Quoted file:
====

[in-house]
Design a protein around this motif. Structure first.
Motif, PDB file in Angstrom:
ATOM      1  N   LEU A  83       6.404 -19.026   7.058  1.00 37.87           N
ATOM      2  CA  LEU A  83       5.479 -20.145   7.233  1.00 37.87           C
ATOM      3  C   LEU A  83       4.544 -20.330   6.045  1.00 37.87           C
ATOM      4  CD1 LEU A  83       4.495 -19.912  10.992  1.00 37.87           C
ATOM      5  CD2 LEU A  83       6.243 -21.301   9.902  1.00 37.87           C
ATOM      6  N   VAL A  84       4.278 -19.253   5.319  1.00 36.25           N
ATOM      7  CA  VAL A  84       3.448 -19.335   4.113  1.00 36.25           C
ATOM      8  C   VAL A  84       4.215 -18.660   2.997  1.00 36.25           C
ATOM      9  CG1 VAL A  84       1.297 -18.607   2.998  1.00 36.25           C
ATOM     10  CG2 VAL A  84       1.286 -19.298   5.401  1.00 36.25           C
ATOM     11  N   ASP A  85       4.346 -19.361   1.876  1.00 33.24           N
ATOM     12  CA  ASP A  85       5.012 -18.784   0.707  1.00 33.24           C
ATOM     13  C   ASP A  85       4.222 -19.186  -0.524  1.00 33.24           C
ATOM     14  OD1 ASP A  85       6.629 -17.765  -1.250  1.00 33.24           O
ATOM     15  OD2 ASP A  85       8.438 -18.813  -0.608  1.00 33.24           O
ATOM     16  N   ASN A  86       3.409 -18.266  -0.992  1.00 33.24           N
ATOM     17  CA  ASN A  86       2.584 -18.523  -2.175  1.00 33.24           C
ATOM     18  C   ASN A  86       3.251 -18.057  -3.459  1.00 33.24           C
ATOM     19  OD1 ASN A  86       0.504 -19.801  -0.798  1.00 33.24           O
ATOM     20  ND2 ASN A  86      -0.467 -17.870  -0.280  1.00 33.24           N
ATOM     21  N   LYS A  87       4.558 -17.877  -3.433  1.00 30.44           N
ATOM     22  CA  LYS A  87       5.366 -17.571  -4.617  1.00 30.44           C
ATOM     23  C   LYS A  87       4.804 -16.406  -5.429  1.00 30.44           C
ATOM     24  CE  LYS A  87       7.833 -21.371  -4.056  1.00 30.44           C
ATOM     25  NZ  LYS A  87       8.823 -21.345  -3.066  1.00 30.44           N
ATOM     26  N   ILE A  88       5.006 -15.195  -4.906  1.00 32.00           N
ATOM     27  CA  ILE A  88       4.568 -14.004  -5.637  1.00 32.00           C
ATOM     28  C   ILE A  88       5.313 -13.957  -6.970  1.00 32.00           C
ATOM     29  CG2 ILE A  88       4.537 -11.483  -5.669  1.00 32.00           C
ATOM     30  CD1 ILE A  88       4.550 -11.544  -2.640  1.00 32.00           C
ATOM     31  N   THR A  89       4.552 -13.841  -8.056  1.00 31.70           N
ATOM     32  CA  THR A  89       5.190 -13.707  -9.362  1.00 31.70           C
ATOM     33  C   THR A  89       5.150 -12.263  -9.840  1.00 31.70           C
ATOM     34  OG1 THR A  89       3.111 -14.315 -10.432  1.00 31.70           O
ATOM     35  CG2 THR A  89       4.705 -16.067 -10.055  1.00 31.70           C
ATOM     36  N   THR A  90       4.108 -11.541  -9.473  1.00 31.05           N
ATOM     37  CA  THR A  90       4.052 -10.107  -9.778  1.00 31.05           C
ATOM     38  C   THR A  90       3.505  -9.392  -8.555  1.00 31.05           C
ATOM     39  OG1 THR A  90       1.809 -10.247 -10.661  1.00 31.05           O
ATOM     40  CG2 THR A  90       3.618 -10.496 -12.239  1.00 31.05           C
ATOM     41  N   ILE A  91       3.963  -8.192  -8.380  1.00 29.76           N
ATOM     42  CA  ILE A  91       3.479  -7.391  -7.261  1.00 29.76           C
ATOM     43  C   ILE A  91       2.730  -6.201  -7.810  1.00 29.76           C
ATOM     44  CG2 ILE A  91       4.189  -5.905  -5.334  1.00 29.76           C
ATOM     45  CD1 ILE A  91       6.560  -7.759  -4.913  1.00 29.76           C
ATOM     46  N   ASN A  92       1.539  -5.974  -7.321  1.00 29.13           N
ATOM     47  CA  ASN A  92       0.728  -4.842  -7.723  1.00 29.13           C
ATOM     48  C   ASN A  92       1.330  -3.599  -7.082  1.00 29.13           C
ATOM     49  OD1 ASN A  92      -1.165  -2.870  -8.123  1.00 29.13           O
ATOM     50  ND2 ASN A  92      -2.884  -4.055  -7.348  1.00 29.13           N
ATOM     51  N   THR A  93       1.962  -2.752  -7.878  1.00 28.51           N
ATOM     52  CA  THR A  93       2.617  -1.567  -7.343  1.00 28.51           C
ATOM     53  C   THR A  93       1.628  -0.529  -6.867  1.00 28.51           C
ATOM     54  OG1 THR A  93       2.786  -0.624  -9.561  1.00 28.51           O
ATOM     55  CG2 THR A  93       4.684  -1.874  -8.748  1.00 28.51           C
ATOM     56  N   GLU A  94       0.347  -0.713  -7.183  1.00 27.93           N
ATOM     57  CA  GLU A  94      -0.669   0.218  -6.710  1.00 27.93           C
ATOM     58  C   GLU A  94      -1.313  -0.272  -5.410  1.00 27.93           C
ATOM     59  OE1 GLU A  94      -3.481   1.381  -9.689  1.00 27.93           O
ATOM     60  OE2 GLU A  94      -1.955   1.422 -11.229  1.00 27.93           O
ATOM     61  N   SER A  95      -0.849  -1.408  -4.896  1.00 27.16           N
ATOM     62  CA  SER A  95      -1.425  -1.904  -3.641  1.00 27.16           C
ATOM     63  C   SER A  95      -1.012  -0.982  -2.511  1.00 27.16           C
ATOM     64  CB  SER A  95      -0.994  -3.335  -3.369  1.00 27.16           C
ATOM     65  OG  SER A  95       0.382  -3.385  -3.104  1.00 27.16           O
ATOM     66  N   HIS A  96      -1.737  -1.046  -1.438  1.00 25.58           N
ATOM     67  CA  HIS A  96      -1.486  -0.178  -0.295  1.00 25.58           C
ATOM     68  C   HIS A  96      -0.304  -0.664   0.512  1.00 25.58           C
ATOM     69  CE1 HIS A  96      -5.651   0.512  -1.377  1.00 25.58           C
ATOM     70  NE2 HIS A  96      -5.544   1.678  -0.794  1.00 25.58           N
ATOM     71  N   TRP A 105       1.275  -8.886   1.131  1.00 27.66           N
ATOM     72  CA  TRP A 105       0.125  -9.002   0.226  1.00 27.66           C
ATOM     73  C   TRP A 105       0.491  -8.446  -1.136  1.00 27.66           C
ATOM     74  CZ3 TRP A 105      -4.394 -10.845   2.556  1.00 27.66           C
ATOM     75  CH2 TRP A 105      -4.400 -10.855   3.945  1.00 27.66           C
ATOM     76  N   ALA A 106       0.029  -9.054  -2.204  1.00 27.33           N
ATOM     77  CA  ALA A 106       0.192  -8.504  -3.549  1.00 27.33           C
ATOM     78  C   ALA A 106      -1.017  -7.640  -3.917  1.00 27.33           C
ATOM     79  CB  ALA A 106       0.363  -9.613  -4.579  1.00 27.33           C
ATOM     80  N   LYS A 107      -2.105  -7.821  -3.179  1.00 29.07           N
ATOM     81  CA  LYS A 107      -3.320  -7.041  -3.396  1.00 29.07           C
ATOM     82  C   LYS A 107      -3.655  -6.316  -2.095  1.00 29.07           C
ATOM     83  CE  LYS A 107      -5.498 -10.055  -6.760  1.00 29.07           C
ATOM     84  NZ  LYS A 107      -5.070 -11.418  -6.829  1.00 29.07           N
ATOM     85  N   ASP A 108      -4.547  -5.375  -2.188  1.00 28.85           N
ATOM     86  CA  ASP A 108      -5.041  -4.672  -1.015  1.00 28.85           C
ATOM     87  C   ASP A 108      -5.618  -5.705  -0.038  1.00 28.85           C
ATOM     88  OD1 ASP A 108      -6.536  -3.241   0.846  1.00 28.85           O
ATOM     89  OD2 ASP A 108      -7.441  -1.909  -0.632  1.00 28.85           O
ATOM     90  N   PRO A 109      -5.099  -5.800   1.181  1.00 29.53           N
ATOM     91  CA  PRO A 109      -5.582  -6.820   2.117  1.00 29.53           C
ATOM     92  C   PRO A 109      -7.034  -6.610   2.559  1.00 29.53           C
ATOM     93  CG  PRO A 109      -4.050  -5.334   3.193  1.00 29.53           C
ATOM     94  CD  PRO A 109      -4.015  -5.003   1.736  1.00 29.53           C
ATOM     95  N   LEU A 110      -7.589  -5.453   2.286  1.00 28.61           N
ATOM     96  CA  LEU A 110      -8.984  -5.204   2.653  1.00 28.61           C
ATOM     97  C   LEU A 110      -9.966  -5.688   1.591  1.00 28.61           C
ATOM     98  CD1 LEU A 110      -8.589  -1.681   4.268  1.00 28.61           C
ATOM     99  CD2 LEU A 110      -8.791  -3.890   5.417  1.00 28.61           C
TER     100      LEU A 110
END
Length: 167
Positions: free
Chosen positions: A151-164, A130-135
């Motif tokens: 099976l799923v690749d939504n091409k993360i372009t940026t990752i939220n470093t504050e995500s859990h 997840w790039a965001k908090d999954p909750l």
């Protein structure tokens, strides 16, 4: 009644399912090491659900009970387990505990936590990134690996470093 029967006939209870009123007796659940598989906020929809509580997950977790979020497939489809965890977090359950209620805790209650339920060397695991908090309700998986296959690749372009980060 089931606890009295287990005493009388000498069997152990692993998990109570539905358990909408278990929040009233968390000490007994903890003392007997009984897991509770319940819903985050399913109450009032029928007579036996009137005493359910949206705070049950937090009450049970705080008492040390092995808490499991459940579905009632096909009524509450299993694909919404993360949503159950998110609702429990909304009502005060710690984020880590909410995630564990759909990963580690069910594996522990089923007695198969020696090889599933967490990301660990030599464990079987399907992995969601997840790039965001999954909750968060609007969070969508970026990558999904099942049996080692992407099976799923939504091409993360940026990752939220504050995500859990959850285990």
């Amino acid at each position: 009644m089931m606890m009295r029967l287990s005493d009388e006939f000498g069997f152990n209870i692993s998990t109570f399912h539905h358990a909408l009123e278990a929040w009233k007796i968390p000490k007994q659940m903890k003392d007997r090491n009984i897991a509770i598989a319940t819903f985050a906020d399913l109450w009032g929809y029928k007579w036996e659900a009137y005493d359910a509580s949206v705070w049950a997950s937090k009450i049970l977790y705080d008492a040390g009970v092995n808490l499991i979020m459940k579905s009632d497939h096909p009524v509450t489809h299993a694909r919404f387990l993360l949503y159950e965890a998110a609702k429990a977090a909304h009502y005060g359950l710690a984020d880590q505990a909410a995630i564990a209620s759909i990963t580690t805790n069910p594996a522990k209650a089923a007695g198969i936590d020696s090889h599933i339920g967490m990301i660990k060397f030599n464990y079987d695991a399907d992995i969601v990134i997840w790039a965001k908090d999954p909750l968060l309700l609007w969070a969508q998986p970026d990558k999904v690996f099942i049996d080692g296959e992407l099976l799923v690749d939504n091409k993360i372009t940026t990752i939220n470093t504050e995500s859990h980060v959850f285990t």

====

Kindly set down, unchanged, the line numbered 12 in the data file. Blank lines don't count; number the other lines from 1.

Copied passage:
ATOM      9  CG1 VAL A  84       1.297 -18.607   2.998  1.00 36.25           C